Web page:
Australia Initiates National Response to Outbreak of Japanese Encephalitis

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Australia’s acting chief medical officer has declared that a national response is needed to clamp down on an outbreak of Japanese encephalitis virus (JEV).

Dr. Sonya Bennett declared the virus a Communicable Disease Incident of National Significance on March 4, as health officials deal with the emergence of 16 cases of the disease, according to figures obtained by AAP.

“A national working group of communicable disease, vaccine, and arbovirus experts has been established to support the response, including mosquito surveillance and control measures and identification of those at direct risk, and for the rollout of vaccines,” she said in a statement. “Public health communications regarding mosquito protection will target affected communities.”

“The Australian government’s health and agriculture departments are working very closely with their state government counterparts to ensure a swift and coordinated response.”

JEV is transmitted through mosquito bites and mostly occurs in pigs or horses. Pigs, however, carry the strain that can be transmitted to humans. While most cases are commonly asymptomatic,  those with severe infection may experience neck stiffness, coma, and, more rarely, permanent neurological complications or death.

The virus usually presents with a sudden onset of fever, headache and vomiting.  Australian authorities note it cannot be transmitted from human to human or by eating meat from an infected animal.

On March 3, health officials from the state of Queensland confirmed one case of JEV, while Victorian authorities confirmed four suspected cases connected to a piggery near Echuca in the state’s north.

Currently, four people have been admitted to hospital in Australia. One has since been discharged.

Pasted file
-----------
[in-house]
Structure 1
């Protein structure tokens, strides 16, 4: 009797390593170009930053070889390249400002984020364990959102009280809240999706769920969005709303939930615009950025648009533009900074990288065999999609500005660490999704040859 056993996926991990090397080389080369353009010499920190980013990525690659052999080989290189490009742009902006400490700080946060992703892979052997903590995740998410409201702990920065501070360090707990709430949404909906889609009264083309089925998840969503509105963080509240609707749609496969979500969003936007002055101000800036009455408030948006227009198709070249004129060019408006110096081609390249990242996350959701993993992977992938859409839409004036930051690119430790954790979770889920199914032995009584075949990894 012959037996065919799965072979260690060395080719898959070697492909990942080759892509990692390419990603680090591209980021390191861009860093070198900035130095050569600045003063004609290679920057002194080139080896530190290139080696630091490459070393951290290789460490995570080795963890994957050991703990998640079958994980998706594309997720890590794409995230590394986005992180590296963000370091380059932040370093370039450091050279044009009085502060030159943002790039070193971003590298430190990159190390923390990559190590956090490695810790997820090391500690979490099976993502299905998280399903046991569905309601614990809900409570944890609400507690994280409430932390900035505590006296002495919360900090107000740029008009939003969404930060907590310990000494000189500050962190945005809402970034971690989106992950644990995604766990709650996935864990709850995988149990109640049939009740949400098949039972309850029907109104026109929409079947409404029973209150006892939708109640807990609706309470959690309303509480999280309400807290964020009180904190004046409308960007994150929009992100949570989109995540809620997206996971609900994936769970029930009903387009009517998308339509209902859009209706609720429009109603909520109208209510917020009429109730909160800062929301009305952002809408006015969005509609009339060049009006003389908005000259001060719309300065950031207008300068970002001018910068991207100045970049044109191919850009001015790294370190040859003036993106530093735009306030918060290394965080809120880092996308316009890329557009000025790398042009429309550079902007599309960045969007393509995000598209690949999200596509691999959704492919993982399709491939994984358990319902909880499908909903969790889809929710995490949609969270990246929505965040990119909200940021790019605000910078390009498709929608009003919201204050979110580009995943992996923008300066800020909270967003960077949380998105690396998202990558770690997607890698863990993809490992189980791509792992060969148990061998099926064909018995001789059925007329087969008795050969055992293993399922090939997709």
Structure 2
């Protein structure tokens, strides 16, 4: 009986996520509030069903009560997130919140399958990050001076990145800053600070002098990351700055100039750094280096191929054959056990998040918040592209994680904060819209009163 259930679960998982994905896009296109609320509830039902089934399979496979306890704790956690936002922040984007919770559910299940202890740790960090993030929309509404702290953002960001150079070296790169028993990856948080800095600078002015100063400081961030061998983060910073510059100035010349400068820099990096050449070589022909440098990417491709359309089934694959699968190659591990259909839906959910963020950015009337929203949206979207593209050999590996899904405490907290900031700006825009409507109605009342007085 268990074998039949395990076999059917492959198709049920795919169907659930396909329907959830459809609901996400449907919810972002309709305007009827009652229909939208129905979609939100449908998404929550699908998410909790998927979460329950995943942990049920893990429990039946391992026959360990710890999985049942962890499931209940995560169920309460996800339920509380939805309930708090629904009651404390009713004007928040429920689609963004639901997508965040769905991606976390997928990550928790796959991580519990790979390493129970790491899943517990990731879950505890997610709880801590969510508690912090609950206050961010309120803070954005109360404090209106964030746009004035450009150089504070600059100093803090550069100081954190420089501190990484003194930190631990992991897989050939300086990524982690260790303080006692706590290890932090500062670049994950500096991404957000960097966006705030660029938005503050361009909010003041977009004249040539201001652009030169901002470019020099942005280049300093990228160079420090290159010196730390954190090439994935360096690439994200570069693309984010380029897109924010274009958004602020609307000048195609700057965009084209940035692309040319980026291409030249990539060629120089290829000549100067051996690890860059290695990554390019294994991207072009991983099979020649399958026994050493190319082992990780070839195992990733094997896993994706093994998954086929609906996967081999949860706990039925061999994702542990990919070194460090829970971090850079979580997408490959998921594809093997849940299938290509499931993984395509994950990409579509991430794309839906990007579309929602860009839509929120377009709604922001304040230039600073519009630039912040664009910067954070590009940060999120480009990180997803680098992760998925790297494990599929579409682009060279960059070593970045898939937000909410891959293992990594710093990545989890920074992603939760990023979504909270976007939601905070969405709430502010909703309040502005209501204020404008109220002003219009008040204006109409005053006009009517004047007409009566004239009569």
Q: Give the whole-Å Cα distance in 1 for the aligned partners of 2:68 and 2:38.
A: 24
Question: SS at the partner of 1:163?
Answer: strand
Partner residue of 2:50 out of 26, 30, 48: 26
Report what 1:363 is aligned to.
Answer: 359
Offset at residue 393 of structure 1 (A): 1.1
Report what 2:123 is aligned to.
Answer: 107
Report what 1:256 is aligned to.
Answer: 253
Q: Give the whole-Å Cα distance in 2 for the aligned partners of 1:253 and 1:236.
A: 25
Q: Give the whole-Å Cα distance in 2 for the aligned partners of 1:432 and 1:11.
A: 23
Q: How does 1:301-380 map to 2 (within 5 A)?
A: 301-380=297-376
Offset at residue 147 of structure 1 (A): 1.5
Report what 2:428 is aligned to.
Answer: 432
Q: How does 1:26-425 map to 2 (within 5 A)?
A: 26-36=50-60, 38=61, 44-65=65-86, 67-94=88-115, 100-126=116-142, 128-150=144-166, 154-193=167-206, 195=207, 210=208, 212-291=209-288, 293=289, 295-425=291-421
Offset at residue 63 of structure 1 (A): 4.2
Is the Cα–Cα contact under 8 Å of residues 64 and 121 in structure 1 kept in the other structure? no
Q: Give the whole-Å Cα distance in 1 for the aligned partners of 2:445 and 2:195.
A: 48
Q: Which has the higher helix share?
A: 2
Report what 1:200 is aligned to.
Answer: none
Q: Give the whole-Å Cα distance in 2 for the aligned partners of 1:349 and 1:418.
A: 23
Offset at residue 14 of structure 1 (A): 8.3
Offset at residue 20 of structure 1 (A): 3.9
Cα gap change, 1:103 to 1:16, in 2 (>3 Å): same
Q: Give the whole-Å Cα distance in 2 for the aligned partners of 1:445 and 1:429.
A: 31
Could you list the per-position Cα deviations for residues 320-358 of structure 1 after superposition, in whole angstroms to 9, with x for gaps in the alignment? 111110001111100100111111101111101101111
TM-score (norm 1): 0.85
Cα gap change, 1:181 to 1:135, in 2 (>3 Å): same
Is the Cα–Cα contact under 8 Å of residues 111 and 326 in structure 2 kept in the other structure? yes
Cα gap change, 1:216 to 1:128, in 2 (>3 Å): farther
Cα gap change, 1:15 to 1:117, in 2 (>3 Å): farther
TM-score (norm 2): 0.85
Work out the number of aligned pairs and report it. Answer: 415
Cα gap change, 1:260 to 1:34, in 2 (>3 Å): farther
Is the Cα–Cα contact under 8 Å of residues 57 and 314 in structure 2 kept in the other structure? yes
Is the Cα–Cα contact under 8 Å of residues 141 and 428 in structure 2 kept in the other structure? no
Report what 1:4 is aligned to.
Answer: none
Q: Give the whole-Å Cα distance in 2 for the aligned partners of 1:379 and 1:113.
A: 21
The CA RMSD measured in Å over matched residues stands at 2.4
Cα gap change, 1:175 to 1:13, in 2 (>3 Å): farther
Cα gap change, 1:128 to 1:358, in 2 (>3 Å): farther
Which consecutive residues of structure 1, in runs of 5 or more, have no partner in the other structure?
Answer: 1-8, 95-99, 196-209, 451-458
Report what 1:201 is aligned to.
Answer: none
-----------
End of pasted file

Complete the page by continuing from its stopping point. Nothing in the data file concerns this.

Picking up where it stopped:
The Australian federal government is working with its state counterparts on distributing vaccines to at-risk population groups—mainly those in regional areas.

In fact, Australia’s Chief Veterinary Officer Dr. Mark Schipp has confirmed that JEV was found in 14 pig farms across New South Wales, South Australia, Queensland, and Victoria.

“The key signs to look out for in pigs are stillborn or weak piglets, some with an impaired nervous system. Piglets can develop encephalitis or wasting, depression or hindlimb paralysis. Adult sows do not typically show signs of disease,” he said.

“Pig producers are asked to be highly vigilant for signs of this disease and report unexplained pig abortions or stillbirths,” he added, calling on farmers to practice good biosecurity and control mosquitoes.

“Horse owners can also put measures in place to help their horses avoid mosquito bites, including using hooded rugs, fly masks, and applying a safe insect repellent.”

People living in areas with high mosquito populations are encouraged to use repellent containing picaridin or DEET and cover up with loose-fitting clothing.

If you suspect an animal is showing signs of the disease, report it to your local veterinarian or the national Emergency Animal Disease Watch Hotline on 1800 675 888

Daniel Y. Teng


Daniel Y. Teng is based in Sydney. He focuses on national affairs including federal politics, COVID-19 response, and Australia-China relations. Got a tip? Contact him at

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